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Central and Eastern European countries determined to boost growth will avoid the risk of inflation in the near future

Central and Eastern European countries determined to boost growth will avoid the risk of inflation in the near future

Written by Krishtina Than and Jason Hovet

BUDAPEST / PRAGUE (Reuters) – Interest rate makers in central Europe appear largely prepared to counter the immediate spike in inflation and allow their economies to retaliate against the COVID-19 blockade brought on by strong domestic demand, investment and European Union funds. .

The eastern European Union member states, which have seen soaring labor markets and wage growth, are facing higher inflationary pressures than others in Europe.

This is because their economies are just starting to recover from the pandemic – resulting in the largest number of victims per capita from COVID-19 in the world in Hungary and the Czech Republic – and governments are trying to reopen stores, restaurants and other services quickly as much as possible.

However, Hungary’s headline inflation is expected to rise to around 5% in the second quarter, surpassing the target in Poland. In the Czech Republic, price growth will pick up again after falling to its target earlier this year.

But among these countries, analysts are ordering the Czech National Bank to start raising interest rates in 2021. Bank Governor Jerry Rusnoc told Reuters last week that the debate could start in August. But the bank also said it would not rush to raise interest rates.

In the case of Hungary and Poland, the authorities are more willing to allow inflation to rise further, said Peter Ferrovs, an economist at ING Bank in Budapest.

“There is a good chance that neither the Hungarians nor the Poles want to slow down growth, so after the epidemic we will see very tense economies in central and eastern Europe,” he said.

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“Rapid growth, high investment, with the authorities increasing the potential growth of GDP – to the detriment of higher inflation and worsening competitiveness, which could be offset by the weakness of Forint.”

However, he added that the Hungarian bank may have to raise the deposit rate for one week if the forint weakens too much.

Inflated budgets

Hungary and the Czech Republic have also increased their budget deficit targets to make way for more fiscal stimulus and strong monetary stimulus across the region, resulting in the fastest growth rate in the European Union before the pandemic.

“We have adjusted the budget for 2021 so that it can better serve to revive the economy, because we have launched intensive programs to renovate and build homes,” Hungarian Prime Minister Viktor Orban told state radio on Friday.

Urban nationalist, facing the tough challenge of being re-elected in early 2022, has long relied on economics to vote. His government has provided families with strong financial support over the past decade.

Hungary, which has implemented a vaccination campaign in the European Union with nearly 38% of the population vaccinated, has opened all of its stores and restaurant stands and plans to reopen hotels and most services in the coming days.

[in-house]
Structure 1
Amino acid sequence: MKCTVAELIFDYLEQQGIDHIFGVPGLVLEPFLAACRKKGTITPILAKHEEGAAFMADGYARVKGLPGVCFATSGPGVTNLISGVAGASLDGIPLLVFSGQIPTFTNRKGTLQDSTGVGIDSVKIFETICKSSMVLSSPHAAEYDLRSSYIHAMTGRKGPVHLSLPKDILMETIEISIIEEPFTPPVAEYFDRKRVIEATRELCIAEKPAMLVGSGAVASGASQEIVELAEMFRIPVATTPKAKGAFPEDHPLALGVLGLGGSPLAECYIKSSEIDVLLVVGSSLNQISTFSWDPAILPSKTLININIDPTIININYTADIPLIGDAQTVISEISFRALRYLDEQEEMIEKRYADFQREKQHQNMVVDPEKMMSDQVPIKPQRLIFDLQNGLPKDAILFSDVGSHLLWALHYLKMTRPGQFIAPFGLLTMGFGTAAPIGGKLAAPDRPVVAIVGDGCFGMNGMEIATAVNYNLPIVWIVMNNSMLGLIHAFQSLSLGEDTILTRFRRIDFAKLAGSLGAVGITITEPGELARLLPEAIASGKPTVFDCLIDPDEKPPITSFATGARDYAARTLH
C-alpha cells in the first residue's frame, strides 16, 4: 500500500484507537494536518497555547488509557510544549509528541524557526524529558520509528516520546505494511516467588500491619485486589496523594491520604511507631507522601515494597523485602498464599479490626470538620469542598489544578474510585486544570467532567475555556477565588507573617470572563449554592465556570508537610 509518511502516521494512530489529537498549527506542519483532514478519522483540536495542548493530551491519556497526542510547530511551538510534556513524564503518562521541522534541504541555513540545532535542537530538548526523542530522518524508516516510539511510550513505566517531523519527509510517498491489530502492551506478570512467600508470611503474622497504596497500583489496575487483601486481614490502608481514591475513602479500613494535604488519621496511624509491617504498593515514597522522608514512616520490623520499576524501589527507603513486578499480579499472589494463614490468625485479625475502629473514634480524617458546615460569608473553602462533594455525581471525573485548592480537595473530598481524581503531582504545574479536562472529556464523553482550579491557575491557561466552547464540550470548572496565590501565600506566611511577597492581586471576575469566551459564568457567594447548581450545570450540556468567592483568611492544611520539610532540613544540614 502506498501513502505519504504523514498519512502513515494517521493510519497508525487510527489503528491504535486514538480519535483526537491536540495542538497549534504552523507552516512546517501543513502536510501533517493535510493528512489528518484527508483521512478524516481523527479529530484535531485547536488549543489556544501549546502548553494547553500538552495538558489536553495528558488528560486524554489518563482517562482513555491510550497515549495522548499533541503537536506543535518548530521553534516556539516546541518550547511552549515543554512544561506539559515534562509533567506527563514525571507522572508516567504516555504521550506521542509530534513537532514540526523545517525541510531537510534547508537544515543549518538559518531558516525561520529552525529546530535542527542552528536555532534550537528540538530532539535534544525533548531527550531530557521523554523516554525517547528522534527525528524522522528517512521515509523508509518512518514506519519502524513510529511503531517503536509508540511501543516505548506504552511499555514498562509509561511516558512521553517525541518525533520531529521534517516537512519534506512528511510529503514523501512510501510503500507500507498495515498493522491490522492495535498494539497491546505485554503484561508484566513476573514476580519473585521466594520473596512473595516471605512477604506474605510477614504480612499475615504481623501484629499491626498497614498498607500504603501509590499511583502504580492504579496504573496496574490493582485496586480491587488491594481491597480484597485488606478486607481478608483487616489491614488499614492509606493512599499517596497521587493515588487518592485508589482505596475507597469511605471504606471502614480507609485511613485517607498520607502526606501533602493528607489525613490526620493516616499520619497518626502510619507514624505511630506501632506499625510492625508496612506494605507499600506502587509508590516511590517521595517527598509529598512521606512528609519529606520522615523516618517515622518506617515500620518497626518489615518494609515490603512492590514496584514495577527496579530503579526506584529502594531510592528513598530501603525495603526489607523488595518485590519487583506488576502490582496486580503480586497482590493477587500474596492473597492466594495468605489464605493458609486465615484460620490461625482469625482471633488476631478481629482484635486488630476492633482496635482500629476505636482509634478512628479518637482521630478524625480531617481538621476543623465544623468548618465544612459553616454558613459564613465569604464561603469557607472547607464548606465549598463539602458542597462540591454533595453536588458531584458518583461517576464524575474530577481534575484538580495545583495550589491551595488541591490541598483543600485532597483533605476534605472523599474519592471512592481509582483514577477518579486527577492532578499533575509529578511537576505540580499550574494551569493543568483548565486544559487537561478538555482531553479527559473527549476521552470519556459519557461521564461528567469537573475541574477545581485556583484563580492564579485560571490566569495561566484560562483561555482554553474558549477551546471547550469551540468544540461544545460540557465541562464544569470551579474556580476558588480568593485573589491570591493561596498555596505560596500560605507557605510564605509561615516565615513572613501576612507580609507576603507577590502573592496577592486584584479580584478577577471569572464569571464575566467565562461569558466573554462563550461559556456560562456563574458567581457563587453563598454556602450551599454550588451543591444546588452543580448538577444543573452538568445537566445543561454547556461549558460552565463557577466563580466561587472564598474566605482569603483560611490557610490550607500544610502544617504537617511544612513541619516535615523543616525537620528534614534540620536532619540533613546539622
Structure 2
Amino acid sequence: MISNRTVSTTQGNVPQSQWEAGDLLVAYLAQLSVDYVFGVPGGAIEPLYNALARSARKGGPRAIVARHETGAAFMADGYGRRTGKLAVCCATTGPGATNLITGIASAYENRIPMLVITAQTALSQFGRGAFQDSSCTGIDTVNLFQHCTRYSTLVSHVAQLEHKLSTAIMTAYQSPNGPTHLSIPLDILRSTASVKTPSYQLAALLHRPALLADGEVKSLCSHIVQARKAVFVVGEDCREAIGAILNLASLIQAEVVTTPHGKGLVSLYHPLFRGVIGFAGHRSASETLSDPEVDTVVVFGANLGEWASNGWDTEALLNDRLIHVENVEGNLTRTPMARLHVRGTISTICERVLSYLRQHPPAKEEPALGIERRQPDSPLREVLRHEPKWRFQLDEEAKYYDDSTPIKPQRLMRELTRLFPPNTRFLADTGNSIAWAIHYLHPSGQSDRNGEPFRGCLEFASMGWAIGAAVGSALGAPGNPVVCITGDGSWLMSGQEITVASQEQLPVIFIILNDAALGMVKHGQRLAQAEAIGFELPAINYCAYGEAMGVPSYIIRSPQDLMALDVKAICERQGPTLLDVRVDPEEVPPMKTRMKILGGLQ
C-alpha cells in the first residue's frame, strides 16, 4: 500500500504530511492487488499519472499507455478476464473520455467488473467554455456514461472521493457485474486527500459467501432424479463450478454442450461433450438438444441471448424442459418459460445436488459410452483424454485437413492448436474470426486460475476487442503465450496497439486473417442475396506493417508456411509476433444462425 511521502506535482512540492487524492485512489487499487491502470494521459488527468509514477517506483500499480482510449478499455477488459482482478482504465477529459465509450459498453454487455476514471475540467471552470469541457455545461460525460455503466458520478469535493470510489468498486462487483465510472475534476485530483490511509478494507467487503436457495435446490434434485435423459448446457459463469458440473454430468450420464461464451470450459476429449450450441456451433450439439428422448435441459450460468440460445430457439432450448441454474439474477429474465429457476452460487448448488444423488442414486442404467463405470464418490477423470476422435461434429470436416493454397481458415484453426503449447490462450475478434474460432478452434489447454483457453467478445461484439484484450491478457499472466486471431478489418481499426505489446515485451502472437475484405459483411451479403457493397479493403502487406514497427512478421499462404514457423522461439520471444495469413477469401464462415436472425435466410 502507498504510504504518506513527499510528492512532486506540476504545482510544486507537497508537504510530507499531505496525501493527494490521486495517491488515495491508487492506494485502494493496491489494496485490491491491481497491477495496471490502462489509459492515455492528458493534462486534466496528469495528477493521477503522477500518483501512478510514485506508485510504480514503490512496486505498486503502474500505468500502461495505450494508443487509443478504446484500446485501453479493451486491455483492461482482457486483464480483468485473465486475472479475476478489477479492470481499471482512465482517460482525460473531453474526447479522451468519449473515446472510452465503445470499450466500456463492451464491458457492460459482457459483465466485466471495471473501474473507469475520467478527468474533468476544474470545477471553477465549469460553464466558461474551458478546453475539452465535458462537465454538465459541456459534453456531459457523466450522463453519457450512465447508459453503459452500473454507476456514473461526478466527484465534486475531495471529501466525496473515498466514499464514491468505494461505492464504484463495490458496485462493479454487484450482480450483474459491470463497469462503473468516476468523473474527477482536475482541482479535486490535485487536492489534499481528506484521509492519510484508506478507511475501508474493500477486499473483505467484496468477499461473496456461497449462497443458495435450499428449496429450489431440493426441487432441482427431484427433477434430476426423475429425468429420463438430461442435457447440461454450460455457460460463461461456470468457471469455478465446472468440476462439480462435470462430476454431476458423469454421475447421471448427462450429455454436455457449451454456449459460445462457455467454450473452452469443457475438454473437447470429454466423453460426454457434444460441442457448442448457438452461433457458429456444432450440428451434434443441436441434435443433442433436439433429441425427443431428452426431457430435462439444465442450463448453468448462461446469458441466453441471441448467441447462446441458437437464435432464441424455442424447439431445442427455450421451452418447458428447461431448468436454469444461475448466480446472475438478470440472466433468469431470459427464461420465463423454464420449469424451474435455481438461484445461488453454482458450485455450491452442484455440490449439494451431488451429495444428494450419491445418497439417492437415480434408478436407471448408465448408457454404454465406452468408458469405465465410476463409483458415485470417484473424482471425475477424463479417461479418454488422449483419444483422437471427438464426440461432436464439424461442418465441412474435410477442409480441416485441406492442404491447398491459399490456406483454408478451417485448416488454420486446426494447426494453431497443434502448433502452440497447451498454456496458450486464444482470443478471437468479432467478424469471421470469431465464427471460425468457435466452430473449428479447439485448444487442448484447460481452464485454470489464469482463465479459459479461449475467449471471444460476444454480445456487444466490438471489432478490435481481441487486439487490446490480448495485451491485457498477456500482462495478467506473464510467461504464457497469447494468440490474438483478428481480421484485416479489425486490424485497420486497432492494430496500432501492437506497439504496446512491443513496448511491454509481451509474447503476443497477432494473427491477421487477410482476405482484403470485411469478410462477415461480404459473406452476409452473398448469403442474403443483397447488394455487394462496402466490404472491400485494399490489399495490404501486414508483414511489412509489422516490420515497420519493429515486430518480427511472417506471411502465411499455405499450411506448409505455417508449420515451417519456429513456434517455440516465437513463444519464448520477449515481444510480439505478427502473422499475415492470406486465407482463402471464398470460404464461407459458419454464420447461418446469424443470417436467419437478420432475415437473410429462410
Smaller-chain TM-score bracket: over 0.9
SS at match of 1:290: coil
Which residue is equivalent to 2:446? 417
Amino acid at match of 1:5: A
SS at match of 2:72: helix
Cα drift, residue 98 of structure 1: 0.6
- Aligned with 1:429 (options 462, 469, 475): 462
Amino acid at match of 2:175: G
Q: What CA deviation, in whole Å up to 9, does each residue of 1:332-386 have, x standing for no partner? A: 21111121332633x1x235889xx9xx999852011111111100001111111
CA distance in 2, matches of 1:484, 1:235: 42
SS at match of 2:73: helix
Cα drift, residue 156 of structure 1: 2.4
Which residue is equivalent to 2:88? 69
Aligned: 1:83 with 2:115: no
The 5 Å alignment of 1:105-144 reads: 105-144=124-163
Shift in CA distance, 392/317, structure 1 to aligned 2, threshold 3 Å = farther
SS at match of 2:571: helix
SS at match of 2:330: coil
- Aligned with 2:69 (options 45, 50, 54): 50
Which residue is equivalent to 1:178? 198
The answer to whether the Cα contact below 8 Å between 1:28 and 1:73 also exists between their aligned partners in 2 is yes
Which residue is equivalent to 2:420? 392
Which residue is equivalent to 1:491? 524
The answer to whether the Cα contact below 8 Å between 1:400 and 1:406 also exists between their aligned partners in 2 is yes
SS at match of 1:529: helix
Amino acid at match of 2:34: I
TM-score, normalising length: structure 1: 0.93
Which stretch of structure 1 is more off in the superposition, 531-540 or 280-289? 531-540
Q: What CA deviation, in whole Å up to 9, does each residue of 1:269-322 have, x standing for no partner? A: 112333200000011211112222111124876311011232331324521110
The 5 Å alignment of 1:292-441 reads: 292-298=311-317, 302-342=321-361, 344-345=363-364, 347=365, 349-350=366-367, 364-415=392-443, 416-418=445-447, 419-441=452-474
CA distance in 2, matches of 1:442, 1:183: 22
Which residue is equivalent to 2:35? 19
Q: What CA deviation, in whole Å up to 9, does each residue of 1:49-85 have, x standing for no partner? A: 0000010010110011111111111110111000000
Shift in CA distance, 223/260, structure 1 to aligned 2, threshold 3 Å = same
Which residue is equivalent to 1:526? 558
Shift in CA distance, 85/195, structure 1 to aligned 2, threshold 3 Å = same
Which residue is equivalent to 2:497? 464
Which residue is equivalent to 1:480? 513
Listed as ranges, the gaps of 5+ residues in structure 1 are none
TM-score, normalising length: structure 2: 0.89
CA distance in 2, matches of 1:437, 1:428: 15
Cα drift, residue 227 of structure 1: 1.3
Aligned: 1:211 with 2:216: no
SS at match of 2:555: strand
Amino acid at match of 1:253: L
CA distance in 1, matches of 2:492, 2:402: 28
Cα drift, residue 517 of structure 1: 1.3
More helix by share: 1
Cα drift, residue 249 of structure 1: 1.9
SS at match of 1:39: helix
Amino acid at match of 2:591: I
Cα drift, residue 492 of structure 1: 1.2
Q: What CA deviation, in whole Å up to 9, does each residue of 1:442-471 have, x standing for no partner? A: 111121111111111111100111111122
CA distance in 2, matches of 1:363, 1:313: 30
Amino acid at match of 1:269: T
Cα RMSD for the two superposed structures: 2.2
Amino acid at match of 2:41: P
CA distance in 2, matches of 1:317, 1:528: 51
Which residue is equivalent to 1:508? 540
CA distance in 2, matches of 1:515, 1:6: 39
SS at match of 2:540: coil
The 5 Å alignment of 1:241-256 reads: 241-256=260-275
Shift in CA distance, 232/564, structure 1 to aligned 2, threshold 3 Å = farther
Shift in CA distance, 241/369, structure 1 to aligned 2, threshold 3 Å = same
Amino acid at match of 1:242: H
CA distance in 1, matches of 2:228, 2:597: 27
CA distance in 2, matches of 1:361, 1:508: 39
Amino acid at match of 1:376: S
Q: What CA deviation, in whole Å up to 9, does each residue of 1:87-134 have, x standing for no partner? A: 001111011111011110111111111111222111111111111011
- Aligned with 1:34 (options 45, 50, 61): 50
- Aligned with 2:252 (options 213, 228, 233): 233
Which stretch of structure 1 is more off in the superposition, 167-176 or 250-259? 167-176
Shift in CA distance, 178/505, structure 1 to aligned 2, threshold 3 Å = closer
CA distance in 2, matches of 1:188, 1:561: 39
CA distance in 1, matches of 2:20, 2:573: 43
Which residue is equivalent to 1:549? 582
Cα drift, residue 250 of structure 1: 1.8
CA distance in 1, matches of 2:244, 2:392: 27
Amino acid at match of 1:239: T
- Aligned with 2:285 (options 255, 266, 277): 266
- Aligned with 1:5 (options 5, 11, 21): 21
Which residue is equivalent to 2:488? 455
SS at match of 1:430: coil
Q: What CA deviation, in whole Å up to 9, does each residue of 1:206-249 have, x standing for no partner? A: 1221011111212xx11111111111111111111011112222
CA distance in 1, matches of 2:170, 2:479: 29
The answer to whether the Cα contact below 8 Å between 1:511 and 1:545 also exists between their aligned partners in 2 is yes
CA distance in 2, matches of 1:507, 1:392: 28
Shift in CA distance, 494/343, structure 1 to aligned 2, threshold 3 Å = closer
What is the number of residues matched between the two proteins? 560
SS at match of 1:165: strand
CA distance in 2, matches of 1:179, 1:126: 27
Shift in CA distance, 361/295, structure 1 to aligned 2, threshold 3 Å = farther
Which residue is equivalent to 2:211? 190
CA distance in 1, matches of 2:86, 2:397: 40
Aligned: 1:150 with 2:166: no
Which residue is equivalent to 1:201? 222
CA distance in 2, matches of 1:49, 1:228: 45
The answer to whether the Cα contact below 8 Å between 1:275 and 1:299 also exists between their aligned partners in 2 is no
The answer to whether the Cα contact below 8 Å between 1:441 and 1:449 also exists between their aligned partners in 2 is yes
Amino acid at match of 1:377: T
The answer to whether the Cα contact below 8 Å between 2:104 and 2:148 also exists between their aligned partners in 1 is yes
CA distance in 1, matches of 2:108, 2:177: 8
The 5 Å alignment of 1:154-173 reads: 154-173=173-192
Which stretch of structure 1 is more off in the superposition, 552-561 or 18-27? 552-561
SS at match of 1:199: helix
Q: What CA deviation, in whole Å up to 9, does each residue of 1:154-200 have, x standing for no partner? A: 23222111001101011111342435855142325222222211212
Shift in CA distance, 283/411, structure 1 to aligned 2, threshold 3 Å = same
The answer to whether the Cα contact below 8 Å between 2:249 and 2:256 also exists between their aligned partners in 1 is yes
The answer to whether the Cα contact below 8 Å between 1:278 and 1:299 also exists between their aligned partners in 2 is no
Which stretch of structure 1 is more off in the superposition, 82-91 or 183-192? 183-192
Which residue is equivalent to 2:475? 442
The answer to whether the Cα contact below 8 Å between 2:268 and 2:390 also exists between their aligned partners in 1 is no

It is now focusing on a budget deficit of 7.5% of economic output, up from the previous 6.5%, while the Czech government expects a budget gap of 8.8% of GDP, compared to 6.6%, as previous expenditures are government wage growth. New origin. The record drop in income tax puts more pressure on the budget.

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Inflation in Central Europe

Meanwhile, central banks are still mitigating and ignoring deflationary risks.

The Hungarian National Bank, which faces 2-4% of exceeding its target range, left interest rates pending on Tuesday.

The bank considers the inflation jump to be temporary but said it would be watching closely in the second round to look for potential impacts. It also expanded its massive open-ended quantitative easing program.

However, on Tuesday, the central bank also called on the government to cut its budget deficit faster next year to avoid more inflation risks.

Inflation in Poland is also expected to exceed the central bank’s target of 2.5% plus or minus one percentage point in the coming months, but Governor Adam Glabinski said rates are likely to remain suspended until his term ends in 2022, to support the economy.

The bank claims that the rise in inflation will be temporary and supported by factors outside of monetary policy.

Get well soon

Employment is already improving in a region that suffered from severe labor shortages before the pandemic, while wage growth has continued at a strong, albeit not double-digit, pace as it was before the pandemic.

Families have accumulated their savings and there is great pent-up demand that can contribute to a speedy recovery.

We are relatively optimistic about growth prospects (in Central and Eastern Europe) in 2021 and 2022, and especially in 2022, despite the third wave. We expect economies to adapt well, and we expect a reasonable recovery in external demand. Arvind Ramakrishnan is an analyst at Fitch Ratings.

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Although first-quarter growth may be weakened by the stalemate, the Hungarian government expects 4.3% growth this year, indicating that growth may exceed 5% in 2022.

Poland expects 4% growth this year. According to the Ministry of Finance, the Czech economy is expected to recover at a slower pace of 3.1%. The Czech Republic plans to reopen stores, markets and some services from next Monday, while Poland will also open its shopping centers next week.

(Coded by Alan Charlich in Warsaw; edited by David Evans)